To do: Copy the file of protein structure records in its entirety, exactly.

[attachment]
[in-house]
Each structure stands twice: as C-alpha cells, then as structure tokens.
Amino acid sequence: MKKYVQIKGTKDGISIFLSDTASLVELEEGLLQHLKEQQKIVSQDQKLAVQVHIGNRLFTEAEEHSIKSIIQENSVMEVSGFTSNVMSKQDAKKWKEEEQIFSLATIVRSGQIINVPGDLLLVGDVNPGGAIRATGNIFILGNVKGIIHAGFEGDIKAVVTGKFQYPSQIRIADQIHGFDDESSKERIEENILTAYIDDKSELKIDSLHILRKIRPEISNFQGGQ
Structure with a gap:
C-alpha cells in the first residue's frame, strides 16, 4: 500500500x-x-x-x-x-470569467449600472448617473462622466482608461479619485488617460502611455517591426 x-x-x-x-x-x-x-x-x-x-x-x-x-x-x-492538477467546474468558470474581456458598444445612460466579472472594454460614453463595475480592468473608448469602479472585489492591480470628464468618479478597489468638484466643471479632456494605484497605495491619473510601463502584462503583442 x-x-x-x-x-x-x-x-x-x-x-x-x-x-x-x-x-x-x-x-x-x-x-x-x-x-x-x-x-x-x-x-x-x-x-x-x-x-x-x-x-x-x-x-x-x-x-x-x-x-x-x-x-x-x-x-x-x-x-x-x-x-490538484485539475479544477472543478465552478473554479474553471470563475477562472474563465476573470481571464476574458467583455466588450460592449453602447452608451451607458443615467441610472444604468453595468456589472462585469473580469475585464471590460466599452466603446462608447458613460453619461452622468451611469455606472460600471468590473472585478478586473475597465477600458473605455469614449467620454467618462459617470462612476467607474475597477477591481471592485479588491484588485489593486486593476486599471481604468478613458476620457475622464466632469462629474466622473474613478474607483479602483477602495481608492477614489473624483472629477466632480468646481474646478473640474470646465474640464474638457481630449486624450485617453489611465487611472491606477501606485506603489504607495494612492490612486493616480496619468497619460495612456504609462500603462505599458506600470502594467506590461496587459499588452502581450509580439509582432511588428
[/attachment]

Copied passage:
[in-house]
Each structure stands twice: as C-alpha cells, then as structure tokens.
Amino acid sequence: MKKYVQIKGTKDGISIFLSDTASLVELEEGLLQHLKEQQKIVSQDQKLAVQVHIGNRLFTEAEEHSIKSIIQENSVMEVSGFTSNVMSKQDAKKWKEEEQIFSLATIVRSGQIINVPGDLLLVGDVNPGGAIRATGNIFILGNVKGIIHAGFEGDIKAVVTGKFQYPSQIRIADQIHGFDDESSKERIEENILTAYIDDKSELKIDSLHILRKIRPEISNFQGGQ
Structure with a gap:
C-alpha cells in the first residue's frame, strides 16, 4: 500500500x-x-x-x-x-470569467449600472448617473462622466482608461479619485488617460502611455517591426 x-x-x-x-x-x-x-x-x-x-x-x-x-x-x-492538477467546474468558470474581456458598444445612460466579472472594454460614453463595475480592468473608448469602479472585489492591480470628464468618479478597489468638484466643471479632456494605484497605495491619473510601463502584462503583442 x-x-x-x-x-x-x-x-x-x-x-x-x-x-x-x-x-x-x-x-x-x-x-x-x-x-x-x-x-x-x-x-x-x-x-x-x-x-x-x-x-x-x-x-x-x-x-x-x-x-x-x-x-x-x-x-x-x-x-x-x-x-490538484485539475479544477472543478465552478473554479474553471470563475477562472474563465476573470481571464476574458467583455466588450460592449453602447452608451451607458443615467441610472444604468453595468456589472462585469473580469475585464471590460466599452466603446462608447458613460453619461452622468451611469455606472460600471468590473472585478478586473475597465477600458473605455469614449467620454467618462459617470462612476467607474475597477477591481471592485479588491484588485489593486486593476486599471481604468478613458476620457475622464466632469462629474466622473474613478474607483479602483477602495481608492477614489473624483472629477466632480468646481474646478473640474470646465474640464474638457481630449486624450485617453489611465487611472491606477501606485506603489504607495494612492490612486493616480496619468497619460495612456504609462500603462505599458506600470502594467506590461496587459499588452502581450509580439509582432511588428